Wortman Ave. between Jerome St. and Warwick St.
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This park is named after the Leonard W. Jerome (1817-1891), a prominent and wealthy Brooklyn citizen. He was a successful stock speculator, making and losing several fortunes and earning the nickname “King of Wall Street” in the process. He was also principal owner of The New York Times for several years, founder of the American Academy of Music, and maternal grandfather of Sir Winston Churchill. Jerome was an avid sportsman and enjoyed yachting and horseracing. He helped found the American Jockey Club, and he built the Jerome Park Racetrack in the Bronx in conjunction with his brothers and the financier August Belmont (1816-1890). The track opened on September 25, 1866, and it marked the return of thoroughbred racing to the metropolitan area after a hiatus during the Civil War. The appointments were lavishly built, with a large dining room, magnificent ballroom, and clubhouse accommodations equivalent to those of luxury hotels. In 1867, the Belmont Stakes, one of three major horse races that constitute the Triple Crown, was first held at Jerome Park, and it remained there until 1890. Jerome Park’s urbane attractions came to an end in 1890, when the city condemned the property for the Jerome Park Reservoir for the New Croton Aqueduct.
Jerome’s daughter was Jennie Jerome (1854-1921), mother of Great Britain’s legendary World War II prime minister, Winston Churchill. Jeanette Jerome was born at 426 Henry Street in Brooklyn, and grew up in various residences in New York City. In 1867, her mother took her and her two sisters to Paris, after her father became involved in a scandalous escapade. There she mingled with the European upper classes, and in 1873 she met Lord Randolph Churchill (1849-1895), a dashing young English nobleman with an immaculate pedigree and strong political ambitions. They married in 1874. Beautiful, witty, and charming, she was an immediate success in British high society. While she did not involve herself in her husband’s political career, she was an outspoken opponent of women’s suffrage, and she and her son Winston were often heckled by enraged suffragettes. After Lord Churchill died in 1895, she occupied herself by editing a short-lived literary magazine and writing several books and plays. She remarried twice and died in 1921.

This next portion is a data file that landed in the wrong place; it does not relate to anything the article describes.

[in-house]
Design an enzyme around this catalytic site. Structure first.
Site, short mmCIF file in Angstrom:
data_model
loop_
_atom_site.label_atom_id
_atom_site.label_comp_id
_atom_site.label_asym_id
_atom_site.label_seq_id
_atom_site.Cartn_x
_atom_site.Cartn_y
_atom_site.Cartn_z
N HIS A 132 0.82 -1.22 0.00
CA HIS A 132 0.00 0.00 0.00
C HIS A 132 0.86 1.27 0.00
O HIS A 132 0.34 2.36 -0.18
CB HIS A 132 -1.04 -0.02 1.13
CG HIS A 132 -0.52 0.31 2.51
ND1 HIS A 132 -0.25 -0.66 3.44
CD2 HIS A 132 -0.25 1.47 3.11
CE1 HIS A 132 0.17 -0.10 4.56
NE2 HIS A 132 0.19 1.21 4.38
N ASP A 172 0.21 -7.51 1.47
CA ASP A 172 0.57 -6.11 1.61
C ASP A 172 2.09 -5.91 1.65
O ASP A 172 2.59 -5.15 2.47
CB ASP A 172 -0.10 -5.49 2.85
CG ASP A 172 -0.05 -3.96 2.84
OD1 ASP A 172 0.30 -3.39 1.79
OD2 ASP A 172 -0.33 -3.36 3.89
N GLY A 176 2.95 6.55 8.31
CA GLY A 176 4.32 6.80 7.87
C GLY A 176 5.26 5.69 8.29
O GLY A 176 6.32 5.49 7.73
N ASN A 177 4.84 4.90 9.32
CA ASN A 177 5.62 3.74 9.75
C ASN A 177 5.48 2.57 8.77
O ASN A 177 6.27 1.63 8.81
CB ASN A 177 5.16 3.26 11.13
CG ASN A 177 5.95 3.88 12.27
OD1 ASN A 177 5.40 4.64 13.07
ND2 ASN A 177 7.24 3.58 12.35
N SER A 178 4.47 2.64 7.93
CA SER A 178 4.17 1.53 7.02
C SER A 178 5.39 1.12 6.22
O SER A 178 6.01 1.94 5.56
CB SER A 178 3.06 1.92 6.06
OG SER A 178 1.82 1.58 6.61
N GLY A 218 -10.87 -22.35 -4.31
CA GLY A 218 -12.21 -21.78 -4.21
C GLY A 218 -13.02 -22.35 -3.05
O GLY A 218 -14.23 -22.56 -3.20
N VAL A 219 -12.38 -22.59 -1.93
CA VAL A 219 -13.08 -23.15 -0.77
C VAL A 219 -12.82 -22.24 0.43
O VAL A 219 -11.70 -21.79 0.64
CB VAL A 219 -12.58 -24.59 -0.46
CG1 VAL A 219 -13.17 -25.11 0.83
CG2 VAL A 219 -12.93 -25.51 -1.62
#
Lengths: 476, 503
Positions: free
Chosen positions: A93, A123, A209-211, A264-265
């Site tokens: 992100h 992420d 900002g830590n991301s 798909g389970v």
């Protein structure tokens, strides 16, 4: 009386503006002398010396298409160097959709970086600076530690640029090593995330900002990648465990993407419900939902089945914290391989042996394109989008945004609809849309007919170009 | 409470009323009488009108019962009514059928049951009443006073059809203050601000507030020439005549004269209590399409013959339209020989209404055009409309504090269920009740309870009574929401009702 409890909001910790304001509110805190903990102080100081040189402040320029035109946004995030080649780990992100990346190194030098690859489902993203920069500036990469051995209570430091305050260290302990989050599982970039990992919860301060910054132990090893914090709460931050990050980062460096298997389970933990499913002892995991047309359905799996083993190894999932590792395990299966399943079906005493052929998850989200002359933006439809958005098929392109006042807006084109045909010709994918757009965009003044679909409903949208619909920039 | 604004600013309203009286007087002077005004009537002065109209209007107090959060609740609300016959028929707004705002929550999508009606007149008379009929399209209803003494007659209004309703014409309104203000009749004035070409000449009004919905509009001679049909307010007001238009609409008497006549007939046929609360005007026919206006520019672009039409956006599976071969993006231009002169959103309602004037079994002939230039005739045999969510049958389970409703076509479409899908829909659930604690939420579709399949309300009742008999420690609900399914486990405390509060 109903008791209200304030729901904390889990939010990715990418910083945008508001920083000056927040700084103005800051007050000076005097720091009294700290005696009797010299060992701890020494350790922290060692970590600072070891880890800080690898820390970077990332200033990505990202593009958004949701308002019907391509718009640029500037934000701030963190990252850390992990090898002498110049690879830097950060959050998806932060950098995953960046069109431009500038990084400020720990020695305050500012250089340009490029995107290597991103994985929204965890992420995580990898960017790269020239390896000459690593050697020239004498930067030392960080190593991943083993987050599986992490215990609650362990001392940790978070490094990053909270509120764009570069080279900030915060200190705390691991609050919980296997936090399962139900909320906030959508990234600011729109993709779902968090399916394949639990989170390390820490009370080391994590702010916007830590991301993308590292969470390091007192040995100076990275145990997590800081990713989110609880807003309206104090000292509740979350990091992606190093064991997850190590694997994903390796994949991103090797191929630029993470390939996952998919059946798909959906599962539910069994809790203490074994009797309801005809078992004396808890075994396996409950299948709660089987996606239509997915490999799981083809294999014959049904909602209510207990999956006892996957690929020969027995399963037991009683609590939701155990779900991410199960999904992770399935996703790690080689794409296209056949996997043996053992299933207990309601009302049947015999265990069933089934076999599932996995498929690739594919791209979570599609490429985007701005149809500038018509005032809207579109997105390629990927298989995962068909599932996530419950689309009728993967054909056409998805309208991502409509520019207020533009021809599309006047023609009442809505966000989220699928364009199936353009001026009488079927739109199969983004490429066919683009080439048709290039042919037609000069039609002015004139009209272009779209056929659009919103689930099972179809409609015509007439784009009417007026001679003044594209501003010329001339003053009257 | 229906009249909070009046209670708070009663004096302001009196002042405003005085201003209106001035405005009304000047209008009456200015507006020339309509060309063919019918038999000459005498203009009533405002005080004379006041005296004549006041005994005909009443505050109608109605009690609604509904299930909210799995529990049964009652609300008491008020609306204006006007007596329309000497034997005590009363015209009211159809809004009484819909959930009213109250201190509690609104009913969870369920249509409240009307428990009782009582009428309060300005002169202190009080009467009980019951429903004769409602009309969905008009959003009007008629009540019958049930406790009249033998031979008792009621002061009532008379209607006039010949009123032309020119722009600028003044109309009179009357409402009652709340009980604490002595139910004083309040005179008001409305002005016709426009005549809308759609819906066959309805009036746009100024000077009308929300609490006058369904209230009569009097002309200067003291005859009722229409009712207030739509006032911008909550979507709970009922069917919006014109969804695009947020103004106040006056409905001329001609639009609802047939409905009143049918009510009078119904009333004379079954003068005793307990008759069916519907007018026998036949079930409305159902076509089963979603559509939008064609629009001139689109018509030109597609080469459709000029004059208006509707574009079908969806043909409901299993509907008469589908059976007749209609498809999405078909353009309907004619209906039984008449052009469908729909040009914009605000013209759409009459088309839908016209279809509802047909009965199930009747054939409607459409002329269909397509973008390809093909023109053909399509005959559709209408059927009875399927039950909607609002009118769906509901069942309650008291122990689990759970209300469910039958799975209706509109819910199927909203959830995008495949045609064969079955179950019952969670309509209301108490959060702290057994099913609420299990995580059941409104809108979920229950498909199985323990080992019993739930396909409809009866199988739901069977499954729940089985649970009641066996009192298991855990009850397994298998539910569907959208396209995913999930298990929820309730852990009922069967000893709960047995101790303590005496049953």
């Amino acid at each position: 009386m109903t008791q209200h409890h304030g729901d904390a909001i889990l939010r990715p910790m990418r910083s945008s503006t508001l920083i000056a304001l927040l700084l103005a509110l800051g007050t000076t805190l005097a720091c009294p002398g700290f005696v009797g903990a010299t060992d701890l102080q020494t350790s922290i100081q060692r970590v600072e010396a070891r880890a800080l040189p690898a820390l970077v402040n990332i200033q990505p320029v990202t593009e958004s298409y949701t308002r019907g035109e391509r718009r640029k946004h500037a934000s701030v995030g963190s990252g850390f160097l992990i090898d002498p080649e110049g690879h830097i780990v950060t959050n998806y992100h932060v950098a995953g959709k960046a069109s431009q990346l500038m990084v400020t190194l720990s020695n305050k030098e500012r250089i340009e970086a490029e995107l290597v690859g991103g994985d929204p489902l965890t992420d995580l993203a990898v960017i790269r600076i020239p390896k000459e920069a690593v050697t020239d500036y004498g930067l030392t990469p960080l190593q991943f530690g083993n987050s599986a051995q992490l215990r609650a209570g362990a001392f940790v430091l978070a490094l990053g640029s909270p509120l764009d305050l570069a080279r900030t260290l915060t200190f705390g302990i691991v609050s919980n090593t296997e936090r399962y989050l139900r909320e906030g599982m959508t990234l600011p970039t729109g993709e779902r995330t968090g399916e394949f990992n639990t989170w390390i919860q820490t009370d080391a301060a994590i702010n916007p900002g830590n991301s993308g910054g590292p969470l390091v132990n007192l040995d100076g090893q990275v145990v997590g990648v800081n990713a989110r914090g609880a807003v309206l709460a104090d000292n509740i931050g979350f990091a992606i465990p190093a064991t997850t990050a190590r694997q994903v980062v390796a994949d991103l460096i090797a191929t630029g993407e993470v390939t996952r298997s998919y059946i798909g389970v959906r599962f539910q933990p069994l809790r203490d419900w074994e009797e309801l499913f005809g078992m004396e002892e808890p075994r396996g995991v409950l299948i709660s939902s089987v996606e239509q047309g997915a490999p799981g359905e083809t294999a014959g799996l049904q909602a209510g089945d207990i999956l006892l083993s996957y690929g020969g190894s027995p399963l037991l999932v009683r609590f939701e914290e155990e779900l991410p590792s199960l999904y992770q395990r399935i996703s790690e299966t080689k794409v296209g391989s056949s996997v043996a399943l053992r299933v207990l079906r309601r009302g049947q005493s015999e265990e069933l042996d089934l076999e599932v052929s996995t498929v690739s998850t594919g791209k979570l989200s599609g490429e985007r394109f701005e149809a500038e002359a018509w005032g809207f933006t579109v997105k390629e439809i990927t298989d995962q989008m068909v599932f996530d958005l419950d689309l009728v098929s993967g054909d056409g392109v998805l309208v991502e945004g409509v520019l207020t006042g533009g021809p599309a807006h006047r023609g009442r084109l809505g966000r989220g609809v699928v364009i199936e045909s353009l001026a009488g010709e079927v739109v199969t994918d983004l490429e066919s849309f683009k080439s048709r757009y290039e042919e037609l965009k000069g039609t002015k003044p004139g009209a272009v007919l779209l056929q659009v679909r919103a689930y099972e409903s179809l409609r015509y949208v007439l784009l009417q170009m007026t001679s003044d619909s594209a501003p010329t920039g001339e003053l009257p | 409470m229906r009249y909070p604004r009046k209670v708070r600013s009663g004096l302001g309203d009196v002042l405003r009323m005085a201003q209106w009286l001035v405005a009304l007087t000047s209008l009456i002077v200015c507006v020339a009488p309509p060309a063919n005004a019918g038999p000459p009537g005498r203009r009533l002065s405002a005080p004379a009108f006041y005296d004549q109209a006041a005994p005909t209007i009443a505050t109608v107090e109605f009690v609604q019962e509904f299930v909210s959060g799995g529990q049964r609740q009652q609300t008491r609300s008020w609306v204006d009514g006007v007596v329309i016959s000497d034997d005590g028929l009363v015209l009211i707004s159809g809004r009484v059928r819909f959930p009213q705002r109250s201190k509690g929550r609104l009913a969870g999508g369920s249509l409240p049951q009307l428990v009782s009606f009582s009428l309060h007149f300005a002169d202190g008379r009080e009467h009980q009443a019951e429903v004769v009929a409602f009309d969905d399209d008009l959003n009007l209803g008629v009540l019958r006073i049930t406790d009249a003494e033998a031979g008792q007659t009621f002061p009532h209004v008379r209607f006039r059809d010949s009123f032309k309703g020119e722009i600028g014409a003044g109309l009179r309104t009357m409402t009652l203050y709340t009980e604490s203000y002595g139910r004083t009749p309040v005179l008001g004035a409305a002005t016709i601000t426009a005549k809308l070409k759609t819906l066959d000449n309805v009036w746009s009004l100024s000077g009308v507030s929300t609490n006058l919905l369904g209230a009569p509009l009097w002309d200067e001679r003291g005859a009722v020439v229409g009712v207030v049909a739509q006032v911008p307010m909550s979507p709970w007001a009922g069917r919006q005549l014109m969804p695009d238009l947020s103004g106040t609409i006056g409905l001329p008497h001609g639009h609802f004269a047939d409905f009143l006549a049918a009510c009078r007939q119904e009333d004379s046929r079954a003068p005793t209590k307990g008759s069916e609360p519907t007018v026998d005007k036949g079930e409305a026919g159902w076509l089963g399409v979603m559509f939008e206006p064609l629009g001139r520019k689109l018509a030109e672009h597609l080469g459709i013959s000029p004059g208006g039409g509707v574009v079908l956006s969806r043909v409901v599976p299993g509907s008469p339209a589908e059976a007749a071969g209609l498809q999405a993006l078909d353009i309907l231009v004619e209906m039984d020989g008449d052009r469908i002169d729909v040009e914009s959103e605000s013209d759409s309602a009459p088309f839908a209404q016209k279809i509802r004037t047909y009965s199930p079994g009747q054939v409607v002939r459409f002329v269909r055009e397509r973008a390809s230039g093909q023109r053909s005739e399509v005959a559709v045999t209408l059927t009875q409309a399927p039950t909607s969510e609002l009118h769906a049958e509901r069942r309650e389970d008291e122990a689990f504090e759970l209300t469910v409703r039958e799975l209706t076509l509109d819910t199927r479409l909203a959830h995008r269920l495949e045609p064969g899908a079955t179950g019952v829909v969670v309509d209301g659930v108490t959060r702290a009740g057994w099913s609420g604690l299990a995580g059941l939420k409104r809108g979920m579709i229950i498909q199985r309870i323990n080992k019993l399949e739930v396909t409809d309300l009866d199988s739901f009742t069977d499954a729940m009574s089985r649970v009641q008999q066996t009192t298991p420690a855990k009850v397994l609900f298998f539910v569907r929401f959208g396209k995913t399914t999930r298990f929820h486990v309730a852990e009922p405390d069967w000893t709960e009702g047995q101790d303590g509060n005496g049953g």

Jerome Playground was acquired in 1950 by the Board of Estimate and opened in 1955. It was built in conjunction with PS 273, known as the Wortman School, after adjacent Wortman Street. It was renamed Jerome Playground in 1987 after adjacent Jerome Street. In 1998, Borough President Howard Golden spent $350,000 to renovate the playground, adding new play equipment, bench repair, and a flagpole with a yardarm, and Mayor Giuliani spent an additional $36,339 to replace the perimeter sidewalk pavement.